Deadpool and Teddy

Deadpool 2 is the Saving Private Ryan of superhero movies. Not because it’s a genre classic (although it is) and not because it deconstructs superhero movies (although it does) but because there are more severed heads and limbs than at the beaches of Normandy.

The filmmakers couldn’t care less what offends people and assume that no one is too delicate to appreciate the trademarked Deadpool balance of hyper-violence and the gleefully profane.

One of the biggest improvements with this sequel to the surprise hit of 2016 is that the film feels less like a swing for the fences and instead like more of a natural progression for these characters in this specific corner of the Marvel Universe. Deadpool 2 is still constantly self-referential and meta, but the goofiness feels as if it fits the world as more than just an excuse to make fun of the endless influx of superhero movies.

Ryan Reynolds is charming as Wade Wilson, a smart-ass mercenary who’d rather do good for the world and hang out with his girlfriend than be the same angry a-hole he was last time. When a soldier from the future shows up trying to murder a teenage boy who will grow into a murderous despot, Deadpool has to decide whether to protect the life of a kid or save thousands of lives in a future he has no relationship with.

The stakes are much higher (considering half of the first Deadpool took place on a freeway), but this is still nowhere near the cacophony of children’s tears that was Infinity War. With Josh Brolin perfectly reimagining his gruff demeanor to play Cable, a humorless warrior from the future, and Zazie Beetz stealing the show as the supernaturally lucky Domino, Deadpool 2 gives us people to care about instead of just characters to laugh at.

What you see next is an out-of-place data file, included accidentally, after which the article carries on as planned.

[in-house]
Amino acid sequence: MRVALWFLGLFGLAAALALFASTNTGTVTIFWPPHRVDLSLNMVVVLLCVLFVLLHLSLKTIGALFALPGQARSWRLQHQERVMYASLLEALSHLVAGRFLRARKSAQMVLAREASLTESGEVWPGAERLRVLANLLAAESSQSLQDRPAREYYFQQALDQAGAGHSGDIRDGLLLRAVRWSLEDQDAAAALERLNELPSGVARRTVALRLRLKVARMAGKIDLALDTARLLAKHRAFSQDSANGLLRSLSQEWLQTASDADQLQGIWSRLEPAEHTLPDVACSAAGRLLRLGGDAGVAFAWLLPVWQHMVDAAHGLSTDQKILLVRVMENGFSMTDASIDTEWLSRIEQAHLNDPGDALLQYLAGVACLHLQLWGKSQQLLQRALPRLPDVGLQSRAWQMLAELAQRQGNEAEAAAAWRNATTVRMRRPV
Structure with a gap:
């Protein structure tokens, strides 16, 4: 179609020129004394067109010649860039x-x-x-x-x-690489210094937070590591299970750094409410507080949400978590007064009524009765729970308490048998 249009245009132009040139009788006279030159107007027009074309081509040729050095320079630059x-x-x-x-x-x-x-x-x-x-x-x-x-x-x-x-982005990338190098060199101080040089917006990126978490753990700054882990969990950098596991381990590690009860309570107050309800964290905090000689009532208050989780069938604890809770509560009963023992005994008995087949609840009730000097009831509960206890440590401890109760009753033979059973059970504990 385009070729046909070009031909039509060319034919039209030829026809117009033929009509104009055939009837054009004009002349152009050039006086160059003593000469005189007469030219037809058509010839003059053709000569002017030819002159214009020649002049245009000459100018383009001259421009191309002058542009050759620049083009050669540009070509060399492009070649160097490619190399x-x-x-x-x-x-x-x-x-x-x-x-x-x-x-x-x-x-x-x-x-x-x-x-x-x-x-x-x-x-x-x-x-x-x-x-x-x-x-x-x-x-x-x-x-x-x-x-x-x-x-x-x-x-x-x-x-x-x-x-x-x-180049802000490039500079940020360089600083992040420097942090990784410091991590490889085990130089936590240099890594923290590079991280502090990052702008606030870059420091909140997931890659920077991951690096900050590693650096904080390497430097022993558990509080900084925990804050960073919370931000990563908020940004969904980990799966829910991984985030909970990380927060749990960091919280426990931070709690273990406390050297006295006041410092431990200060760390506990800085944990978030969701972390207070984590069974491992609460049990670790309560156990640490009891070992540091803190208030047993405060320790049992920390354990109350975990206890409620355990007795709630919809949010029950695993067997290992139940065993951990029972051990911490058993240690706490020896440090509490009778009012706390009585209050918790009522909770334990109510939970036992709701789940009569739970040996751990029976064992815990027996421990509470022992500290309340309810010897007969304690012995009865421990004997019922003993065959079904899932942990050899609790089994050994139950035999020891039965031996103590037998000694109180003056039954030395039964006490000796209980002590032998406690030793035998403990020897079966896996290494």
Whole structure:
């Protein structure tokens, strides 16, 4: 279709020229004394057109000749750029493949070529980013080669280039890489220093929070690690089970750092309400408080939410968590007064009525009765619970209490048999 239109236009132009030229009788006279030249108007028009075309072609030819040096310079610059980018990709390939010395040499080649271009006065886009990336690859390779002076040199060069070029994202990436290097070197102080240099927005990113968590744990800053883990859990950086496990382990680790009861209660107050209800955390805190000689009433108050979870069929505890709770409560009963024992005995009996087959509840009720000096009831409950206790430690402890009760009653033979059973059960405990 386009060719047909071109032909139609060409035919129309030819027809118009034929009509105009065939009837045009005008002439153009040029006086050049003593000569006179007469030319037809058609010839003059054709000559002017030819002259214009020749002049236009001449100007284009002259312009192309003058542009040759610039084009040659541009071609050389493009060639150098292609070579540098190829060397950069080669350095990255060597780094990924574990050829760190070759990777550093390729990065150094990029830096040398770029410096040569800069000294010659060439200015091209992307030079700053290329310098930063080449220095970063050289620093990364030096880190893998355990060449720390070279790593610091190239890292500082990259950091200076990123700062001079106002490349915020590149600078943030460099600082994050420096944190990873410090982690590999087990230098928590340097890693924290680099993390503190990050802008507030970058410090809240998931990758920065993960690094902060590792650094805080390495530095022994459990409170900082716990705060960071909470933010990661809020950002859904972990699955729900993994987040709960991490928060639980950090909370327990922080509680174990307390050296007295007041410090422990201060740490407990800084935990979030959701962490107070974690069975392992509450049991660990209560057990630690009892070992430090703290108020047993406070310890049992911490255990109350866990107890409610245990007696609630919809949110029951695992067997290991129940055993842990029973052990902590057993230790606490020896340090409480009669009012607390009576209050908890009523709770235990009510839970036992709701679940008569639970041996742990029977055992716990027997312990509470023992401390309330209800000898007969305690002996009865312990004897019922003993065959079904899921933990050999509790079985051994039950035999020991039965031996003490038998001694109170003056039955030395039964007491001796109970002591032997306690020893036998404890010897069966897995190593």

Director Tim Miller, who gave the first film the fast-paced and hilarious tone it needed, is replaced by David Leitch, one of the masterminds behind the modern classic John Wick. Leitch brings his impeccable action timing to the franchise, giving the movie a bone-splitting immediacy missing from the original. Obviously, the film exists primarily as a satire of superhero movies and all of the clichés inherent to the genre, but now it works equally well as an actual action movie. When it’s not funny, it’s exciting…which is a surprisingly complicated tone to balance.

It’s pretty incredible how much better Deadpool 2 is than the original. Those involved figured out everything that didn’t work about the film and smoothed it out to the point of invisibility. From the pacing to the plot all the way down to the tiny little Easter eggs hidden throughout the film, Deadpool 2 is an almost flawless example of an action/comedy. It even works for people that hate superhero movies since it meticulously ridicules everything that makes the worst ones feel like test-grouped clones quietly slinking off the assembly line.

Deadpool 2 is the hero we deserve. He likes chimichangas, a sexually adventurous life with his girlfriend, and killing people with swords. How could Superman ever hold a candle to that?